These specific themes were chosen as these are areas where we feel there is the greatest opportunity for creative solutions, as well as the areas where we feel that businesses and Governments around the world are facing some of the greatest challenges. We hope that some of the innovative that come out of this challenge could provide practical, long-term solutions that can benefit the Isle of Man and beyond.

Can you elaborate on how this initiative aligns with the UK's ambitious net-zero targets, particularly in terms of reducing carbon emissions and promoting sustainable practices?

The Isle of Man has long served as a test bed for emerging technologies that are then rolled out in the UK and further afield. The challenge provides opportunities for businesses to consider solutions across a wide range of issues.

For example, there would be opportunities for companies to come to the Island and help us change our energy profile, accelerate the transition to electric vehicles, or find ways to make our mostly Victorian houses more energy-efficient. Once solutions to those issues can be found on our Island nation, we can help companies scale up and launch those solutions in the UK, Europe, and beyond.

A ‘Cleantech’ Future: The Innovation Challenge 2024

Image Credit: 3rdtimeluckystudio/Shutterstock.com

Education and awareness are crucial in driving change. How is the initiative engaging with communities and stakeholders to promote understanding and action towards net-zero goals?

Engaging with the community and culture of the Island is a very important part of our UNESCO Biosphere status. This is an Island where people are very community oriented and are very mindful of the importance of preserving the wonderful natural environment around us.

As a mentor in the Isle of Man's Global Innovation Challenge, what key pieces of advice do you plan to share with participating companies, especially those venturing into the cleantech and energy sectors?

The Isle of Man Government has a long history of partnering with companies to drive innovation. Companies have until the end of February to apply for the Innovation Challenge, and once they have applied, they will be matched with mentors who have expertise in their specific field. As a mentor, I will then work with any relevant companies, giving them strategic advice on how they might make their creative ideas a reality and helping them break down any barriers they come across.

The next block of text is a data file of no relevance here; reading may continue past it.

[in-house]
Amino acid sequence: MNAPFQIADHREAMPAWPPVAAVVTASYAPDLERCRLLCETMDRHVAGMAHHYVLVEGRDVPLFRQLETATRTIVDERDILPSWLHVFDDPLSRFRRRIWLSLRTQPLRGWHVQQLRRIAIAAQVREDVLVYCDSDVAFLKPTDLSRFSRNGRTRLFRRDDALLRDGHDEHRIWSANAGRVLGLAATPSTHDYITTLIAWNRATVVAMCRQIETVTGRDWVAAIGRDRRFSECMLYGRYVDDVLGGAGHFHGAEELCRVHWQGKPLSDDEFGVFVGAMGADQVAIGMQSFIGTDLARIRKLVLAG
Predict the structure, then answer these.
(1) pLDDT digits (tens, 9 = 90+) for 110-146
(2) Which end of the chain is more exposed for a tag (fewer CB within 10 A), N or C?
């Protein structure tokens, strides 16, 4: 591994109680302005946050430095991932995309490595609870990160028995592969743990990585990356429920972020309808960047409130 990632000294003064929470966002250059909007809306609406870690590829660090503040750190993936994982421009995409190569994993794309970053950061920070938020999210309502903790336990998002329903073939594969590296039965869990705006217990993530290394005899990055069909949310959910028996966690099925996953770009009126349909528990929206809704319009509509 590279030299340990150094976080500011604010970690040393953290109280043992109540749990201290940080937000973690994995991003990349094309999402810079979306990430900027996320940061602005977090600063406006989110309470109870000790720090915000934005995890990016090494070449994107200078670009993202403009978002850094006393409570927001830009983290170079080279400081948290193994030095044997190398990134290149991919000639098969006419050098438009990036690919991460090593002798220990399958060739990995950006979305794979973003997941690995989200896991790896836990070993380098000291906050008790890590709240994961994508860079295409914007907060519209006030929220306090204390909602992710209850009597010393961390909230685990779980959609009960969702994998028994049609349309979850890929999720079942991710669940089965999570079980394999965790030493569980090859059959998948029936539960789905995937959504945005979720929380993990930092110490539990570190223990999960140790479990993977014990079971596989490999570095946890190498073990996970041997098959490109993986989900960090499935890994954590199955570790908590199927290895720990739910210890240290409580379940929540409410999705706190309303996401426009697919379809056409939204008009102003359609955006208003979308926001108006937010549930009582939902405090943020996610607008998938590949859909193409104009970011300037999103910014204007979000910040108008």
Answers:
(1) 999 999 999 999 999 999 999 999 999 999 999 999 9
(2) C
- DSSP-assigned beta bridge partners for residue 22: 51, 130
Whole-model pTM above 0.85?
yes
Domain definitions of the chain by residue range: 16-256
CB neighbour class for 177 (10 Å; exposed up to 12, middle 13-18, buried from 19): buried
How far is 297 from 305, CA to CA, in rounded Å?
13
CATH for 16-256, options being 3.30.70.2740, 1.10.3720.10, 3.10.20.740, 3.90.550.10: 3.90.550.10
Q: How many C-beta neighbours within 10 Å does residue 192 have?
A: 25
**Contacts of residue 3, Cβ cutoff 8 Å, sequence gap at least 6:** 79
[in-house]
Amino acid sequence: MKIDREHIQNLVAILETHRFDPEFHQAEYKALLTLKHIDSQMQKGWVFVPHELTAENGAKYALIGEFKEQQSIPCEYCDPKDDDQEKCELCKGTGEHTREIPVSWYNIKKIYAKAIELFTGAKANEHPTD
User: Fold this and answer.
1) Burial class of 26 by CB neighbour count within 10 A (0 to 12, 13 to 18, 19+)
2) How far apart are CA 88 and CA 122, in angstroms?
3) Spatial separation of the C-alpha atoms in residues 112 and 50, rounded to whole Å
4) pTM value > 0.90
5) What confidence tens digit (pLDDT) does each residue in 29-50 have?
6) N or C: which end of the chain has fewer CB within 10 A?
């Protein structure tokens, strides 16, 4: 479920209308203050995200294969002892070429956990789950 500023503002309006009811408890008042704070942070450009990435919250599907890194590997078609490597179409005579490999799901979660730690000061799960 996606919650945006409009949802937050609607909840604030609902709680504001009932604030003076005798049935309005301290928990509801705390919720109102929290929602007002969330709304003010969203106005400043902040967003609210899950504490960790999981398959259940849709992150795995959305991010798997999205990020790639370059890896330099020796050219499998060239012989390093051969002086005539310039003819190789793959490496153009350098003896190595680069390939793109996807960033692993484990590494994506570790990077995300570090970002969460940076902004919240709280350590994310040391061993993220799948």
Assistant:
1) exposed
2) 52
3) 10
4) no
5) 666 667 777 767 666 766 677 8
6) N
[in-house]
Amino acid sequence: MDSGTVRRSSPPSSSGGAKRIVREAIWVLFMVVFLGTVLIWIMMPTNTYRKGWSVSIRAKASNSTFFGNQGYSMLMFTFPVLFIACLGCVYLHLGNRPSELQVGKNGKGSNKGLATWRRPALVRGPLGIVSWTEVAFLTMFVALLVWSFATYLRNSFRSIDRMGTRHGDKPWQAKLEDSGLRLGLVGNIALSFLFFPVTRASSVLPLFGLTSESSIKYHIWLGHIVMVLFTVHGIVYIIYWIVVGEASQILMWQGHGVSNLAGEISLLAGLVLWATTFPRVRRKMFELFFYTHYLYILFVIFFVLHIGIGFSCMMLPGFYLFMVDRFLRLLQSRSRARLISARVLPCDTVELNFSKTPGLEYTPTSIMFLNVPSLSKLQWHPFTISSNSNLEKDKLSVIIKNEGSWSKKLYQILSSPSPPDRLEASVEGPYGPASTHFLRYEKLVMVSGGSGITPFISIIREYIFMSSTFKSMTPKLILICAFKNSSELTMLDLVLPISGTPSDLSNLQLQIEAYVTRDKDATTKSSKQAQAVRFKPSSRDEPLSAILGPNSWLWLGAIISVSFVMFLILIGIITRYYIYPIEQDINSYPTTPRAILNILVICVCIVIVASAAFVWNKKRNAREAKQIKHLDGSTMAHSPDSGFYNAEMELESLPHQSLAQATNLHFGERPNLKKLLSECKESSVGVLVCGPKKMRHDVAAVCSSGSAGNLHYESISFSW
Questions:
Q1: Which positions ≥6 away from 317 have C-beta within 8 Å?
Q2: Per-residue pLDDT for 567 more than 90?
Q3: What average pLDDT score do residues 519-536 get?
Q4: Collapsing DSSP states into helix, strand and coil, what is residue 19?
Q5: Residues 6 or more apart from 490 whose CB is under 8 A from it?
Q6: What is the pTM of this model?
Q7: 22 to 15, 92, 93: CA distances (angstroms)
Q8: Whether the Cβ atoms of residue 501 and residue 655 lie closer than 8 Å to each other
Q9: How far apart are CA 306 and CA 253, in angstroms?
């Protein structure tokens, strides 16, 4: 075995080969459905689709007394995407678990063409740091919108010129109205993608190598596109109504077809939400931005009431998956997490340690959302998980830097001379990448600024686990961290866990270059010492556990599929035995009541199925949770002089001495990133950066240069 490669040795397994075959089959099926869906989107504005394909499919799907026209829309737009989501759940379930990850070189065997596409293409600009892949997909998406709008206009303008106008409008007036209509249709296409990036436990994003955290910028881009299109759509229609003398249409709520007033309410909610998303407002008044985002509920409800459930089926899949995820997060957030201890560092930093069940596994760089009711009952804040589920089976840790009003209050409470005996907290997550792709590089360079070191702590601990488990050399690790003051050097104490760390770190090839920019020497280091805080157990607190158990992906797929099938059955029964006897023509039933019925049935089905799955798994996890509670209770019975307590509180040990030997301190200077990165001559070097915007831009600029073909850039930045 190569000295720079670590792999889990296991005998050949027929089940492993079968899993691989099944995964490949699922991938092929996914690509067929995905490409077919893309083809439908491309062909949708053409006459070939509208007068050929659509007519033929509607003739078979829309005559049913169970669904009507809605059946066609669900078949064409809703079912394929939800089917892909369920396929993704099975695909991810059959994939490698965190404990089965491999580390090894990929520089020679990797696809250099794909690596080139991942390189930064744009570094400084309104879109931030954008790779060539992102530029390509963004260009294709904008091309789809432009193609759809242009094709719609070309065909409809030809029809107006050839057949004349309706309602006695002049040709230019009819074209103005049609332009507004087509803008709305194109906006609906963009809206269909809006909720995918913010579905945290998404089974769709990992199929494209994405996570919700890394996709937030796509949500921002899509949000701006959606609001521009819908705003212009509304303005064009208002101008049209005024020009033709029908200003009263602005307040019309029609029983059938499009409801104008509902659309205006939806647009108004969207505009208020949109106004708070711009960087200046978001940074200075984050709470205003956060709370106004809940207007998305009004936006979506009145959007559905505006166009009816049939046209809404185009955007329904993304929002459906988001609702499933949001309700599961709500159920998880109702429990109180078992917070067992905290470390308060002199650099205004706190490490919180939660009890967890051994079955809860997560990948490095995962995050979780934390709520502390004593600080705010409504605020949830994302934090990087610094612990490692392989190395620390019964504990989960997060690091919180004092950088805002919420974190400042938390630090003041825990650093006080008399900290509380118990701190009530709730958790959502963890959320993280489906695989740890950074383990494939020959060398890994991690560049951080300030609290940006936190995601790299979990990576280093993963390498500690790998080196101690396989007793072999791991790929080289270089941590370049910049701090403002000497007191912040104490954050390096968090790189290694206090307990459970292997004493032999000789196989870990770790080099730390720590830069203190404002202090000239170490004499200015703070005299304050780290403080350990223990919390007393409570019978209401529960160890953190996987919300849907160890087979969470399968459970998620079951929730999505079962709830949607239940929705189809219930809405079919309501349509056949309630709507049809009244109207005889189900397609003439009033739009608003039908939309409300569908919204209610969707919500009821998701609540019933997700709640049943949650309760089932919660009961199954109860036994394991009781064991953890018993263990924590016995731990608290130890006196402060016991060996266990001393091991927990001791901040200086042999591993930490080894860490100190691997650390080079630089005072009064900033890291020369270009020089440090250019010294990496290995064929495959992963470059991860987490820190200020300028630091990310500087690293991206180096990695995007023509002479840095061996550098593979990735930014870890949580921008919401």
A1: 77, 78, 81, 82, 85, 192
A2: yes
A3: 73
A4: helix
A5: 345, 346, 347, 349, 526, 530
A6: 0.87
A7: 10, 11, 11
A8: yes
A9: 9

Drawing from your extensive experience, what are the most significant challenges facing cleantech innovators today, and what strategies would you recommend for overcoming these obstacles?

Cleantech is a huge space and there are many different challenges facing companies in different ways. A major challenge for innovators is getting started; you might have a brilliant idea, but you need the space and support to test and develop it before you can roll it out.

This is where we hope the Innovation Challenge will help. In the agile regulatory environment of the Isle of Man, and benefitting from expert mentors and close relationships with civil servants in the heart of government, we can give innovators a chance to test their ideas, develop them, and ultimately aim to scale them up so that they could be rolled out across the whole nation and beyond.

Having witnessed and contributed to significant developments in the cleantech field, from biogas projects to solar energy advancements, how do you see this sector evolving over the next decade, especially in the context of global sustainability goals?

There is no doubt that the next decade will be a very significant one for the future of our climate. New innovations will help to find ways through the challenges we are all currently facing, from specific issues around how to store energy generated from renewables most efficiently to whole-society challenges like how to engage everyone in the race to net zero.

But we also need to make sure we, as nations, are making the best use of the amazing technology that is already available to us. For example, every time there is a new housing development built, we should consider whether we can fit solar panels and heat pumps and make sure that these houses are as energy-efficient as possible.

Every small step like that will be extremely valuable as we, as nations and a global community, look to cut our carbon emissions.